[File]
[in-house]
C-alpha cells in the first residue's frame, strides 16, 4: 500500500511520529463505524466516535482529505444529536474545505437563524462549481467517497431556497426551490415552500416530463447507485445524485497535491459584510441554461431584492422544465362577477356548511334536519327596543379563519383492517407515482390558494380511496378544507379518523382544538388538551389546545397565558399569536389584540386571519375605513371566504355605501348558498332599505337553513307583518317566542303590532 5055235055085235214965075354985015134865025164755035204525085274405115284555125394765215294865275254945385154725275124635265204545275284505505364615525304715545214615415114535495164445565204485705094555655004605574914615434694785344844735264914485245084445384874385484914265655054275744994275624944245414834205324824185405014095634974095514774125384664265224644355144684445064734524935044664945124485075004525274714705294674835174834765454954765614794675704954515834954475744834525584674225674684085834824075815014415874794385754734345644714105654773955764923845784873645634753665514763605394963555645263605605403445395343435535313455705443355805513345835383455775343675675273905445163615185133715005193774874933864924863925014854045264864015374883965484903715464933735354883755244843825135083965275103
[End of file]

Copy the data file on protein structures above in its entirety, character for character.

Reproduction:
[in-house]
C-alpha cells in the first residue's frame, strides 16, 4: 500500500511520529463505524466516535482529505444529536474545505437563524462549481467517497431556497426551490415552500416530463447507485445524485497535491459584510441554461431584492422544465362577477356548511334536519327596543379563519383492517407515482390558494380511496378544507379518523382544538388538551389546545397565558399569536389584540386571519375605513371566504355605501348558498332599505337553513307583518317566542303590532 5055235055085235214965075354985015134865025164755035204525085274405115284555125394765215294865275254945385154725275124635265204545275284505505364615525304715545214615415114535495164445565204485705094555655004605574914615434694785344844735264914485245084445384874385484914265655054275744994275624944245414834205324824185405014095634974095514774125384664265224644355144684445064734524935044664945124485075004525274714705294674835174834765454954765614794675704954515834954475744834525584674225674684085834824075815014415874794385754734345644714105654773955764923845784873645634753665514763605394963555645263605605403445395343435535313455705443355805513345835383455775343675675273905445163615185133715005193774874933864924863925014854045264864015374883965484903715464933735354883755244843825135083965275103